Referring back to FIG. 2, breaker plate 10 in this embodiment has two spaced dowel pins 19 and 20 extending from the front face of the plate. Pin 19 is positioned on the left end, directly opposite coupling connection 17, and pin 20 is positioned on the right end of middle portion 15, adjacent coupling connection 18. Also referring to FIGS. 5 and 6, both filter screen 30 and cover plate 40 have bore holes (apertures) to receive the dowel pins 19 and 20 of breaker plate 10 (filter screen 30 has bore holes 34 and 35 and cover plate 40 has bore holes 44 and 45). One of ordinary skill in the art can determine the size of the dowel pins and diameter of the bores to provide fixed alignment of the entire assembly. By this design, filter screen 30 is prevented from substantially shifting in relation to the breaker plate and the cover screen. In embodiments where more than two dowel pins are used, an appropriate matching number of apertures are provided in the filter screen and cover plate to engage the dowel pins.
In this embodiment, the two dowel pins 19, 20 of breaker plate 10 are positioned nonsymmetrically on the breaker plate. “Positioned nonsymmetrically” (or nonsymmetric positioning) refers to a lack of mirror symmetry within the breaker plate. Nonsymmetric positioning of dowel pins 19 and 20 can be shown in FIG. 2 by drawing a straight line through the middle of breaker plate 10, either lengthwise or widthwise, which results in one side that does not form a mirror image of the other side (a mirror image of dowel pin 19 does not overlap the position of pin 20). This nonsymmetric positioning allows the filter screen to be positioned on the breaker plate in a unique orientation. This feature is especially advantageous for filter screens having multiple layers. For example, it may be important to position a multiple-layer filter screen having a coarse outer layer and a finer mesh layer in such a manner that only the coarse layer contacts the breaker plate. The nonsymmetric positioning of the dowel pins ensures that during assembly the coarse bottom layer is always positioned adjacent the breaker plate, i.e., it is impossible to position the filter screen bore holes over the dowel pins such that the finer mesh layer portion contacts the breaker plate. Any accidental positioning of the finer mesh layer against the breaker plate is not allowed, thus preventing the finer mesh layer from being subjected to excessive wear and tear.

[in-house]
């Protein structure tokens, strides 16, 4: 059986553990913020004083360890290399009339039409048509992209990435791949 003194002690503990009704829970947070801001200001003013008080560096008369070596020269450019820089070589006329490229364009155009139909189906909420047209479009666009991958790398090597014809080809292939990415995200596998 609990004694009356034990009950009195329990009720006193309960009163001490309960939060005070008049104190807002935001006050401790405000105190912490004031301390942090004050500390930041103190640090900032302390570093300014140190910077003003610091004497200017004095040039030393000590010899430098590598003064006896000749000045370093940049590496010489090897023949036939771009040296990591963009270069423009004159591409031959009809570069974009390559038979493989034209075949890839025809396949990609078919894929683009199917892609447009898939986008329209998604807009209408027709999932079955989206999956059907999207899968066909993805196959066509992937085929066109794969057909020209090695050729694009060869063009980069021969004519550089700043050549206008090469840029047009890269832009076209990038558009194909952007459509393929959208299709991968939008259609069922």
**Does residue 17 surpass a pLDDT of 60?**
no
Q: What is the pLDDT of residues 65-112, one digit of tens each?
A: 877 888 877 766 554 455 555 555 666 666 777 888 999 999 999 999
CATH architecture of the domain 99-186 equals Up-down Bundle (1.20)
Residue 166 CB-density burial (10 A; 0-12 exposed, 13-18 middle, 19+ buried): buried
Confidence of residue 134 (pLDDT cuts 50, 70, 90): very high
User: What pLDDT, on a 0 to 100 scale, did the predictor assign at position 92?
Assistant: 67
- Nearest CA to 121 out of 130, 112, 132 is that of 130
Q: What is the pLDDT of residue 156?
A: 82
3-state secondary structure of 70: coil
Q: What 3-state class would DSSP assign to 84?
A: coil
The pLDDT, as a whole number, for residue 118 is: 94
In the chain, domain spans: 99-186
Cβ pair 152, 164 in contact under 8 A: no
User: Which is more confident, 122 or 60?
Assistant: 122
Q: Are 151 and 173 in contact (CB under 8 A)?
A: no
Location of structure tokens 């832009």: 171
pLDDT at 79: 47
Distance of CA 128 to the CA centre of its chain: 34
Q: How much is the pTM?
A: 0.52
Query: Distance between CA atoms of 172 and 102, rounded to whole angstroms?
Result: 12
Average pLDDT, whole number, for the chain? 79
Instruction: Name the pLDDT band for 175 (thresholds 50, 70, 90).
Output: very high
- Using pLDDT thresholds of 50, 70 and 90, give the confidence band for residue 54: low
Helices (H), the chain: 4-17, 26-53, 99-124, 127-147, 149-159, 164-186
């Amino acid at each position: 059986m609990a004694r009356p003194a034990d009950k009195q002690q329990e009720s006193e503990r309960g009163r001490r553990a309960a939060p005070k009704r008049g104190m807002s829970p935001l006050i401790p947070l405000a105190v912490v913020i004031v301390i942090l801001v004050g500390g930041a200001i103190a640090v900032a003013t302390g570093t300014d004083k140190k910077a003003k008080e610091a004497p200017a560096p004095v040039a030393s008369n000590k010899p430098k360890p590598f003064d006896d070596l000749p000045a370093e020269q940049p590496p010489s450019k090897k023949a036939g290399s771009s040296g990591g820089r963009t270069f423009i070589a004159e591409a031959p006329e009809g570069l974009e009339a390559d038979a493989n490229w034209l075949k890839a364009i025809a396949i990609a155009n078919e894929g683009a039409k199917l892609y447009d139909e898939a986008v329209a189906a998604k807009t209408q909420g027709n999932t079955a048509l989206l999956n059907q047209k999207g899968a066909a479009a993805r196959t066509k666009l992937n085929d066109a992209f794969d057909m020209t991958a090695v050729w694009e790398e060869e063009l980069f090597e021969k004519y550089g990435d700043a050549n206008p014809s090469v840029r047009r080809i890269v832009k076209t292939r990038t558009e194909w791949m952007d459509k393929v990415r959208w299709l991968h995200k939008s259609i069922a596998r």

The nonsymmetric positioning of the aligning mechanism (e.g., dowel pins) also ensures proper alignment of the breaker plate and cover plate, where one side edge of the cover plate has a recess 46 to accept the overlapped filter screen portion 51 (see further discussion below and FIG. 10). This insures correct placement of the leading edge which is relieved (recessed) to accept a double thickness of filter screen.
In some embodiments, the dowel pins are sufficient to prevent unwanted gaps. In another embodiment, the system further comprises a fastener to secure the cover plate onto the screen and the screen onto the breaker plate. Examples of fasteners include screws, bolts, nails, clamps or the like. The fastener can operate in conjunction with the dowel pin(s) to fix the alignment of the segment components. This extra fastener is particularly useful when the filter assembly is subjected to an intermittent extrusion process. In an intermittent extrusion, the polymer melt is extruded through the filter at high pressures. After extrusion, the extruder is pulled back in a direction opposite the filter. Depending on the applied pressure, the polymer type and/or the speed of pull back, polymeric material contacting the cover plate may lift the cover plate and/or filter screen from the breaker plate, thus creating an unwanted gap despite the presence of the dowel pins. Upon applying a subsequent extrusion, the filter screen, the breaker plate and cover plate may not maintain their original alignment, and unfiltered polymer melt can pass through the gap.